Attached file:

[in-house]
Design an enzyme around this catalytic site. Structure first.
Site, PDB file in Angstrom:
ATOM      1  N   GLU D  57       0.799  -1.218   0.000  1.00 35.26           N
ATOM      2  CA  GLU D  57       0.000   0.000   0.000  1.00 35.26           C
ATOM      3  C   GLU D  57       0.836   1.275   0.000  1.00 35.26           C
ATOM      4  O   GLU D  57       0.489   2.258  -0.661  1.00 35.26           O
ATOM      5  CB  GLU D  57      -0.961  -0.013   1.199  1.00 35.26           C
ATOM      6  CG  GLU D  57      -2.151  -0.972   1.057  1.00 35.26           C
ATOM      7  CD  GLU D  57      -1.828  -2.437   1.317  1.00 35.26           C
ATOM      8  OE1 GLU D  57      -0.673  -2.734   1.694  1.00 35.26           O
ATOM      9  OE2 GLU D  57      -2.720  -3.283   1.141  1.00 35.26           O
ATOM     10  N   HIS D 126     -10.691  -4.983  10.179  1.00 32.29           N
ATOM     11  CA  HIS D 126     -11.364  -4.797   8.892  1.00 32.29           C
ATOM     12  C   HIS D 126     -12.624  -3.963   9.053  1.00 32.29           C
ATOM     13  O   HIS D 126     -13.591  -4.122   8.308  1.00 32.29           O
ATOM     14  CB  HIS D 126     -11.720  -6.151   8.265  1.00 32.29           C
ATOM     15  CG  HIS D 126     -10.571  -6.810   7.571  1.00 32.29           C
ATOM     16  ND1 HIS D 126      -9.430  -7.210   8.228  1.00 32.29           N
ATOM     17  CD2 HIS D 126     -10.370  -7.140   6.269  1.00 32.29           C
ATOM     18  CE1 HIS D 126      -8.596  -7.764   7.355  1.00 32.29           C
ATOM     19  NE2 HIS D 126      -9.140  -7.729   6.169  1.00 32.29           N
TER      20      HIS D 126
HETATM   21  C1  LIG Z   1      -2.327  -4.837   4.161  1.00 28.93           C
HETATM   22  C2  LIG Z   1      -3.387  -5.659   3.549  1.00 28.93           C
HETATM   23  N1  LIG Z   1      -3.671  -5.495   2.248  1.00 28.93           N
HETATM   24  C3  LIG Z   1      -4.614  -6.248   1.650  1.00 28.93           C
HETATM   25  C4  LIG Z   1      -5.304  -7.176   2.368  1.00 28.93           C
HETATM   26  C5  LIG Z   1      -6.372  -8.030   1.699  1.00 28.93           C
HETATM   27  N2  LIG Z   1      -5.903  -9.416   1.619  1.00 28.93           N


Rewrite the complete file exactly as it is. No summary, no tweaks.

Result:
[in-house]
Design an enzyme around this catalytic site. Structure first.
Site, PDB file in Angstrom:
ATOM      1  N   GLU D  57       0.799  -1.218   0.000  1.00 35.26           N
ATOM      2  CA  GLU D  57       0.000   0.000   0.000  1.00 35.26           C
ATOM      3  C   GLU D  57       0.836   1.275   0.000  1.00 35.26           C
ATOM      4  O   GLU D  57       0.489   2.258  -0.661  1.00 35.26           O
ATOM      5  CB  GLU D  57      -0.961  -0.013   1.199  1.00 35.26           C
ATOM      6  CG  GLU D  57      -2.151  -0.972   1.057  1.00 35.26           C
ATOM      7  CD  GLU D  57      -1.828  -2.437   1.317  1.00 35.26           C
ATOM      8  OE1 GLU D  57      -0.673  -2.734   1.694  1.00 35.26           O
ATOM      9  OE2 GLU D  57      -2.720  -3.283   1.141  1.00 35.26           O
ATOM     10  N   HIS D 126     -10.691  -4.983  10.179  1.00 32.29           N
ATOM     11  CA  HIS D 126     -11.364  -4.797   8.892  1.00 32.29           C
ATOM     12  C   HIS D 126     -12.624  -3.963   9.053  1.00 32.29           C
ATOM     13  O   HIS D 126     -13.591  -4.122   8.308  1.00 32.29           O
ATOM     14  CB  HIS D 126     -11.720  -6.151   8.265  1.00 32.29           C
ATOM     15  CG  HIS D 126     -10.571  -6.810   7.571  1.00 32.29           C
ATOM     16  ND1 HIS D 126      -9.430  -7.210   8.228  1.00 32.29           N
ATOM     17  CD2 HIS D 126     -10.370  -7.140   6.269  1.00 32.29           C
ATOM     18  CE1 HIS D 126      -8.596  -7.764   7.355  1.00 32.29           C
ATOM     19  NE2 HIS D 126      -9.140  -7.729   6.169  1.00 32.29           N
TER      20      HIS D 126
HETATM   21  C1  LIG Z   1      -2.327  -4.837   4.161  1.00 28.93           C
HETATM   22  C2  LIG Z   1      -3.387  -5.659   3.549  1.00 28.93           C
HETATM   23  N1  LIG Z   1      -3.671  -5.495   2.248  1.00 28.93           N
HETATM   24  C3  LIG Z   1      -4.614  -6.248   1.650  1.00 28.93           C
HETATM   25  C4  LIG Z   1      -5.304  -7.176   2.368  1.00 28.93           C
HETATM   26  C5  LIG Z   1      -6.372  -8.030   1.699  1.00 28.93           C
HETATM   27  N2  LIG Z   1      -5.903  -9.416   1.619  1.00 28.93           N